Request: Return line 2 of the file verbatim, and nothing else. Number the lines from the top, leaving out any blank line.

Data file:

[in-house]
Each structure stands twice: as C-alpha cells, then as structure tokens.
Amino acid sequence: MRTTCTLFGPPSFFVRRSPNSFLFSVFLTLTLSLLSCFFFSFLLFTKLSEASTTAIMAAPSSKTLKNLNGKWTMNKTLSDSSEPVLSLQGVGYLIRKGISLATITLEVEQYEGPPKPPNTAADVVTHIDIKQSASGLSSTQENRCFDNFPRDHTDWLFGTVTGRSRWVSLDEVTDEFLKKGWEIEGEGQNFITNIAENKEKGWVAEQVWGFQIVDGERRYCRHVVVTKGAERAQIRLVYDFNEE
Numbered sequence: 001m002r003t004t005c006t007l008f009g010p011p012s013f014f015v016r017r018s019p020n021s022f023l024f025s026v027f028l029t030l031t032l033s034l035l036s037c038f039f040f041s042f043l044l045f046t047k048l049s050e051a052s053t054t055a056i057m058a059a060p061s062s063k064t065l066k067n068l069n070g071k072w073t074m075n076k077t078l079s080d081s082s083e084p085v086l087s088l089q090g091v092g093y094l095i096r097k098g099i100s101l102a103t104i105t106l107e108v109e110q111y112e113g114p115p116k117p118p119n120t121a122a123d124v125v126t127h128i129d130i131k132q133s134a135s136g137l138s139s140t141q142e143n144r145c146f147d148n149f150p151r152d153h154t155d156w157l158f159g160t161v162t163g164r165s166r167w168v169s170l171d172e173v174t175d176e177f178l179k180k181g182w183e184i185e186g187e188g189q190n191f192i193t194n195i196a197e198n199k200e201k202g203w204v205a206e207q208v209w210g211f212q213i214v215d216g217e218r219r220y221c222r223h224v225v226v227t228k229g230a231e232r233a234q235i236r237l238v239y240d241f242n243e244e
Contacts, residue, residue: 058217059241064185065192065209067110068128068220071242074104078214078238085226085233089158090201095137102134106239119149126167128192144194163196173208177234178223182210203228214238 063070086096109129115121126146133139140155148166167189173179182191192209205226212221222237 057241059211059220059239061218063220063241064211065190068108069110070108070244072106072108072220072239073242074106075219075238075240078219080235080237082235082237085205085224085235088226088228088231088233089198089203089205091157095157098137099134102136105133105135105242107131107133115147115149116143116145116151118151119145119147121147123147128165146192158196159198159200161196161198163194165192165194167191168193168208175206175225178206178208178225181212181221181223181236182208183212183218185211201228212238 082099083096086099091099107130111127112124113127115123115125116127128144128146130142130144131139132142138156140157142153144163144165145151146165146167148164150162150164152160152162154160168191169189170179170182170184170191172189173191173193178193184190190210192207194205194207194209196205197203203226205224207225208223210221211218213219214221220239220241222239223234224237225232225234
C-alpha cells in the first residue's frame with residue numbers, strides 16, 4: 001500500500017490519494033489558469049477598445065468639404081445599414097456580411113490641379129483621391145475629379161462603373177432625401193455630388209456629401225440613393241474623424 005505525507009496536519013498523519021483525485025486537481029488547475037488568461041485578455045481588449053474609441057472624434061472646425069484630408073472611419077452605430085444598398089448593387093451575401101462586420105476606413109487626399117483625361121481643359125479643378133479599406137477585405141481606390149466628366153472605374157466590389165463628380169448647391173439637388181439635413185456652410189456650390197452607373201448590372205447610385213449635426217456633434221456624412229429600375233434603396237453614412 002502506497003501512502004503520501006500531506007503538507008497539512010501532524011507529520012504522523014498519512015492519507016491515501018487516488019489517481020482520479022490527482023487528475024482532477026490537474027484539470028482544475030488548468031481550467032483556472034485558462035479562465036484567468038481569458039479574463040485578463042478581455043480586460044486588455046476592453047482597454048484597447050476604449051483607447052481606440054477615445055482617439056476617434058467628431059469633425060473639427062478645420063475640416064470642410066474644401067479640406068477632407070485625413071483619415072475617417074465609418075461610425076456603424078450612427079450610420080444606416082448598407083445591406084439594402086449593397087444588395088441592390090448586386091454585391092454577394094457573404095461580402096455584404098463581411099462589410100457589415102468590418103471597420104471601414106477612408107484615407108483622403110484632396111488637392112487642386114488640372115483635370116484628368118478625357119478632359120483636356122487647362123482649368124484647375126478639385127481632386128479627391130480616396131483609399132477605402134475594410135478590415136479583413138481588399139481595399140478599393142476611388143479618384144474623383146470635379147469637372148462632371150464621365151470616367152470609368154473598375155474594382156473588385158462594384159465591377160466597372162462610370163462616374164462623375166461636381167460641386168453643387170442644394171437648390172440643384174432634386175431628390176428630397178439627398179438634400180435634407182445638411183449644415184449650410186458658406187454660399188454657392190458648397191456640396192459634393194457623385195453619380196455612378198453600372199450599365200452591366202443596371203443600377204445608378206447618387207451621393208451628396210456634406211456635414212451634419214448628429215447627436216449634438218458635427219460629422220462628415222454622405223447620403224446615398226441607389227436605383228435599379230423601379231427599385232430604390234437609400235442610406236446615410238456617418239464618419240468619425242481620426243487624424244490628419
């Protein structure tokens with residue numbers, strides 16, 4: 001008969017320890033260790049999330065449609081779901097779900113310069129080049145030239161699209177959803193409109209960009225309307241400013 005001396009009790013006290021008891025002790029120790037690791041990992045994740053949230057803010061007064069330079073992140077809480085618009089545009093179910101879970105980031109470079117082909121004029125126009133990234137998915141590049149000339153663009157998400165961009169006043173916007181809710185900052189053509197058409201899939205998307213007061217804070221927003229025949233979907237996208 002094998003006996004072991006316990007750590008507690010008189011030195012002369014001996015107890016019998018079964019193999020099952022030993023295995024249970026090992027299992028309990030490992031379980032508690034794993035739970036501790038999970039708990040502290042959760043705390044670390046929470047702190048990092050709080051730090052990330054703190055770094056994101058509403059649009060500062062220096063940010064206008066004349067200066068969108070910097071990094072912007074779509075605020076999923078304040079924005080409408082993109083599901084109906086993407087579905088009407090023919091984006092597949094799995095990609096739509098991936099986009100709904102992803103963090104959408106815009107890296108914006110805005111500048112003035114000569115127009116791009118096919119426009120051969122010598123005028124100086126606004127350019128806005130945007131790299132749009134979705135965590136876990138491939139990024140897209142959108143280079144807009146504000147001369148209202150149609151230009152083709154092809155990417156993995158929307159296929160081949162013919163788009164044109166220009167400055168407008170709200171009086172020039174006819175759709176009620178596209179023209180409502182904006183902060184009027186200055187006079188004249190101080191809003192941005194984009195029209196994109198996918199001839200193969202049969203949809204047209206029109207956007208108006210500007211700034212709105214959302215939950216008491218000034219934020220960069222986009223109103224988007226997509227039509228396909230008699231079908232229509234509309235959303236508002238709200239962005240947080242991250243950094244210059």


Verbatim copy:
Each structure stands twice: as C-alpha cells, then as structure tokens.